From Denver, Colorado, USA:
I recently took care of my 16 year old niece (height: 5 feet 2 inches weight: 145 pounds), who has type 1 diabetes, for several weeks and was horrified the amounts and types of food she ate. She goes to the hospital a lot with blood sugars over 800 mg/dl [44.4 mmol/L]. Is there anything that could give her information about how important it is to get a grip on her eating behavior?
My father passed away at age 50 due to brittle diabetes after losing his eyes and legs. He was a binge eater like my niece and did not take care of himself. I had gestational diabetes four times and have raised my kids in a very low carb lifestyle. We have very little desire for junk foods and all five of us are thin. Her mom (my sister) does not have diabetes yet but weighs over 250 pounds and constantly sneaks high sugar carbs also.
My niece kept sneaking off from us to buy "Coke" and "fries", always saying that she was "low", even though we snack constantly on healthy foods. I bought four times the amount of bread we would go through and watched her put jelly on four pieces in a sitting. She sneaked away at malls, walked to 7/11 to buy a doughnut, and we were all shocked that she would eat and sneak that kind of food. We drink unsweetened juice or team but I caught her sneaking sugar in the juices constantly, while downing a pitcher in half a day. She claims that I caught her sneak and binge so much because we never went to McDonald's or had treats in the house. She also says that her doctors say not to keep her from those things or she'll feel deprived and need more. (Her doctors tell her juice is healthy, but she drinks gallons and no water).
Our family thinks very little about food. It's never on our minds. We knew my niece would need more carbs, but I feel she's killing herself fast. She has very low low self esteem about her weight. She wouldn't do any physical activities because she always said she was too" low". So she watched TV or surfs the Internet 24 hours a day. My daughters saw her put insulin on her strips to alter her sugar test and justify stopping for pie or cake!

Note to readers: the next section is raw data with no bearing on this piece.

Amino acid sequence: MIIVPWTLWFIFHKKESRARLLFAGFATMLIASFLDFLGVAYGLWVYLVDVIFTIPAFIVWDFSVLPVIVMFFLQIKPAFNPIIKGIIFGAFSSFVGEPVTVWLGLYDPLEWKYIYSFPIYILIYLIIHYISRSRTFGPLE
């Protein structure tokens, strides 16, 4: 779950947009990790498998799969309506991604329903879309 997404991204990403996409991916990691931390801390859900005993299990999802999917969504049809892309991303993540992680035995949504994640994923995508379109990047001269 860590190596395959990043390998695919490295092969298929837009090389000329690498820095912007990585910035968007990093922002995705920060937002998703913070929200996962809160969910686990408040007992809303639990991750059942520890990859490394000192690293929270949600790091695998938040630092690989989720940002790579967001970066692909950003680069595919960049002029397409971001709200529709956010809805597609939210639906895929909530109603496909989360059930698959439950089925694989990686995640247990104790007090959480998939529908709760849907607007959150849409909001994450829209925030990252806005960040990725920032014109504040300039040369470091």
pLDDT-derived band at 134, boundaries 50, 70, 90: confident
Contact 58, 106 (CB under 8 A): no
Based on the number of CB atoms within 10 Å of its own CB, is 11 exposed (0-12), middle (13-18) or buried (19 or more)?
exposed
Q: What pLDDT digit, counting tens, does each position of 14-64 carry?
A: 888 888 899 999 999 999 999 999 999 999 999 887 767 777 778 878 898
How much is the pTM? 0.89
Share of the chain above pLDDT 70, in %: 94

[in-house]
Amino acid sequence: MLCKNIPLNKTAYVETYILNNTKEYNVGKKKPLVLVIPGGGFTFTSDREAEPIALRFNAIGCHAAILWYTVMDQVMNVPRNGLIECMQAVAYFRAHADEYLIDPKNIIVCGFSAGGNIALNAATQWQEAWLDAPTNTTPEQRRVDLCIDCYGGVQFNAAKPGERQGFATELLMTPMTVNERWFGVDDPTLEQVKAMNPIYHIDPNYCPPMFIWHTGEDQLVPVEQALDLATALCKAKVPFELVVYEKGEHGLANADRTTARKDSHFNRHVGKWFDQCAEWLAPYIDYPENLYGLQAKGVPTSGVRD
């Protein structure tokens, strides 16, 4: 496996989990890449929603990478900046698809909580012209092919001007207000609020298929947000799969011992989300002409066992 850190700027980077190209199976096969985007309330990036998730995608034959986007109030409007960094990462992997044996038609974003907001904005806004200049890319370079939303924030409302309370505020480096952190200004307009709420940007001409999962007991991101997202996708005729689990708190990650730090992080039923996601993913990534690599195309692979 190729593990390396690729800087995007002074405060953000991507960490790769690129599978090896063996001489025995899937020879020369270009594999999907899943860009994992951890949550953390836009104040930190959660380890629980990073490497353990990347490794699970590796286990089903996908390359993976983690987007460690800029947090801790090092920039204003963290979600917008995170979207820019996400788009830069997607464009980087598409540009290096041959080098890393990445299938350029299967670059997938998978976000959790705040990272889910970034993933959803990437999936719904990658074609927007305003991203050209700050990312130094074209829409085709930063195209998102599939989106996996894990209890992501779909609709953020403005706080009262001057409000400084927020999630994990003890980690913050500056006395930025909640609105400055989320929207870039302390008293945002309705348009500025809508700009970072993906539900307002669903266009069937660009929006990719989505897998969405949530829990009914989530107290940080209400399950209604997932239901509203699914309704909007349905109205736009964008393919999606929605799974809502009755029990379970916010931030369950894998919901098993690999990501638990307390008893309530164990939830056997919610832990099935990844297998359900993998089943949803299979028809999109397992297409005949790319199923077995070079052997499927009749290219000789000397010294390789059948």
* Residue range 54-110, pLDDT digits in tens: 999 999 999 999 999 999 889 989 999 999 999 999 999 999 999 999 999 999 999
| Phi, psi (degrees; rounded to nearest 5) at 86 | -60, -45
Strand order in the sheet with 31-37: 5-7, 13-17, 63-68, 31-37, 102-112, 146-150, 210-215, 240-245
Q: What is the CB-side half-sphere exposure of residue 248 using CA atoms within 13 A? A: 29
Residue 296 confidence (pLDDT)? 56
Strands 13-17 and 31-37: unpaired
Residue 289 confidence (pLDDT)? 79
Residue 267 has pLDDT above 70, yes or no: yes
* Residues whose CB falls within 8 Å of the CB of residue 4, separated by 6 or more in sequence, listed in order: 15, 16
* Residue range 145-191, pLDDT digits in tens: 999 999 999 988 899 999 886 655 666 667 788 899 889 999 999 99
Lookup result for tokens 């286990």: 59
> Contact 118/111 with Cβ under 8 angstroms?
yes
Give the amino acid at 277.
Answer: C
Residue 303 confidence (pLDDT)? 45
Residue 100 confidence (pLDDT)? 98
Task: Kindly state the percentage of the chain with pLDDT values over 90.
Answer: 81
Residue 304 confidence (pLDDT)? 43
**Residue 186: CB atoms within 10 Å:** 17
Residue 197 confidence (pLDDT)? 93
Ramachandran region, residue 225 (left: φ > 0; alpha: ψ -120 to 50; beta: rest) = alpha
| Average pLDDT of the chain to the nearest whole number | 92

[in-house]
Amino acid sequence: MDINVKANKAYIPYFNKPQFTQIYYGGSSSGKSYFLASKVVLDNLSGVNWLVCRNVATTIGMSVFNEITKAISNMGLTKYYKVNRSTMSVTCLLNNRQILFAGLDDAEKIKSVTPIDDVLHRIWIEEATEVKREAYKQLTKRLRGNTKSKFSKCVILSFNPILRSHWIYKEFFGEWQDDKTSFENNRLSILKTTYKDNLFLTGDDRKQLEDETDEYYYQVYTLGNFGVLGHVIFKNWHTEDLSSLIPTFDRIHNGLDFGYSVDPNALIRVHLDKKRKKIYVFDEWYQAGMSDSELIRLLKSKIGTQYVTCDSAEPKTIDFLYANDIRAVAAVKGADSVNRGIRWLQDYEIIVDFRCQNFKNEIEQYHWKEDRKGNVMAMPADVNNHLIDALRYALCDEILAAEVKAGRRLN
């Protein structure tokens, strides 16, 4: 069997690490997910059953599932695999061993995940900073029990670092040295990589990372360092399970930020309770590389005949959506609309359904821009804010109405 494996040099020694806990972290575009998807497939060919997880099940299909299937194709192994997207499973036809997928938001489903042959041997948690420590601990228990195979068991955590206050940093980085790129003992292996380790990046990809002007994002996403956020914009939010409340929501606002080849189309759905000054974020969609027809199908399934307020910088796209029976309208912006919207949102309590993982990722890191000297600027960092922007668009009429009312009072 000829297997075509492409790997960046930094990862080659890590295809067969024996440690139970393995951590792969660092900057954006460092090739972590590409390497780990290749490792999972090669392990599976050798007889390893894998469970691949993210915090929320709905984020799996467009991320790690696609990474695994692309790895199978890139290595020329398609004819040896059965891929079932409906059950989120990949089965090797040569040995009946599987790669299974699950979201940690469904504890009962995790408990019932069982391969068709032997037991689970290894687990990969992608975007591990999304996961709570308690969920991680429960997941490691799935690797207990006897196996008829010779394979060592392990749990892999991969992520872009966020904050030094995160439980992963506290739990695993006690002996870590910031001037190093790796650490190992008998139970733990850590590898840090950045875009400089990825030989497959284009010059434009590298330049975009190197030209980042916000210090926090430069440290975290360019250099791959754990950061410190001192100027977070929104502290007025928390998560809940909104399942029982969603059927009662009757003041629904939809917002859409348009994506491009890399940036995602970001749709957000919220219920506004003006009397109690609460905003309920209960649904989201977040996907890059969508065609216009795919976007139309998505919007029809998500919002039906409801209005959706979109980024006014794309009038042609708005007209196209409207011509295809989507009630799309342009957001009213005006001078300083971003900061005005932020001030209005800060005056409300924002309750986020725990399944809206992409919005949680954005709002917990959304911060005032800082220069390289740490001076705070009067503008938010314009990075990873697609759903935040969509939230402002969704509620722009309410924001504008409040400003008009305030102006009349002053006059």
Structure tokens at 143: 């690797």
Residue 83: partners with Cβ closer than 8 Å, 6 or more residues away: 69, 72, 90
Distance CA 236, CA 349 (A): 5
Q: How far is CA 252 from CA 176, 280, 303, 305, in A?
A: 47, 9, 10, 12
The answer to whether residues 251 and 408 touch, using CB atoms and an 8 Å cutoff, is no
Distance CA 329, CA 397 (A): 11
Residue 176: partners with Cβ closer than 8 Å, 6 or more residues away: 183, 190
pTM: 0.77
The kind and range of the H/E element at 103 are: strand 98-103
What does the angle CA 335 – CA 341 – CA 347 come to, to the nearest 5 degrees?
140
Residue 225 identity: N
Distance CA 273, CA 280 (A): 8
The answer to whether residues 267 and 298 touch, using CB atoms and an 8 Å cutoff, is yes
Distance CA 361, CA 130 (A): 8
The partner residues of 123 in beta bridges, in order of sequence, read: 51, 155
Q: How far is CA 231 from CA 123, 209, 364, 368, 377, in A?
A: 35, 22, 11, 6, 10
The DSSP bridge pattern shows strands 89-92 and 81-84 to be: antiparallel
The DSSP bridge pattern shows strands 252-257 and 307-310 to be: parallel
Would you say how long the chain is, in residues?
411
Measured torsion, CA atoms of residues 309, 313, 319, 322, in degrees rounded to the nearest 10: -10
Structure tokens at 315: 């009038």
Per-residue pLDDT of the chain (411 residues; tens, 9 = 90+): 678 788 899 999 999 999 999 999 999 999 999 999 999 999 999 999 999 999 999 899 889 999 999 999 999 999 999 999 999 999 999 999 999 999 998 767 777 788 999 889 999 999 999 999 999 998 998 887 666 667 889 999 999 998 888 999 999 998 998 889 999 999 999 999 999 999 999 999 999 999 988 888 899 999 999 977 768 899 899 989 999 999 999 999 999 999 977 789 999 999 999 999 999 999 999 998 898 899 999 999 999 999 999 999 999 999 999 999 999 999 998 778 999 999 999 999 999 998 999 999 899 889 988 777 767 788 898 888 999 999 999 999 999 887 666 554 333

Is there any literature I can read and pass on? She's very receptive to my opinions, but she's been stuffing on Cokes and Oreos since her mom gave her that stuff as a toddler.
You have a difficult task since you are not this teen's mom. However, you are correct to be concerned. It is likely that her diabetes is totally out of control since her eating is totally out of control. Perhaps she has bulimia nervosa, a type of eating disorder which involves overeating. Perhaps she has some other psychological problem.
If she is often in the hospital without of control diabetes, it is also likely that she omits taking her insulin on occasion and runs into DKA [diabetic ketoacidosis]. We call this diabulimia, another form of eating disorder that involves omitted insulin plus binge eating.
Short terms risks from all of this dangerous behavior is out of control glucose levels, constant thirst, hunger, feeling poorly, lack of energy etc. Long term risks are all those associated with very high blood glucose: retinopathy, nephropathy, neuropathy, etc.
Talking to your niece in a non-judgmental fashion and letting her know that you are worried about what all this means would be helpful. Talking to your niece's mom would also be helpful. Whether or not your niece or your niece's mom can listen to your advice is difficult to know. Perhaps you could attend one of your niece's diabetes clinic visits yourself and discuss this with her physicians.
Original posting 21 Oct 2002
Posted to Behavior
Last Updated: Tuesday April 06, 2010 15:09:38
This Internet site provides information of a general nature and is designed for educational purposes only. If you have any concerns about your own health or the health of your child, you should always consult with a physician or other health care professional.
This site is published by T-1 Today, Inc. (d/b/a Children with Diabetes), a 501c3 not-for-profit organization, which is responsible for its contents.
© Children with Diabetes, Inc. 1995-2016. Comments and Feedback.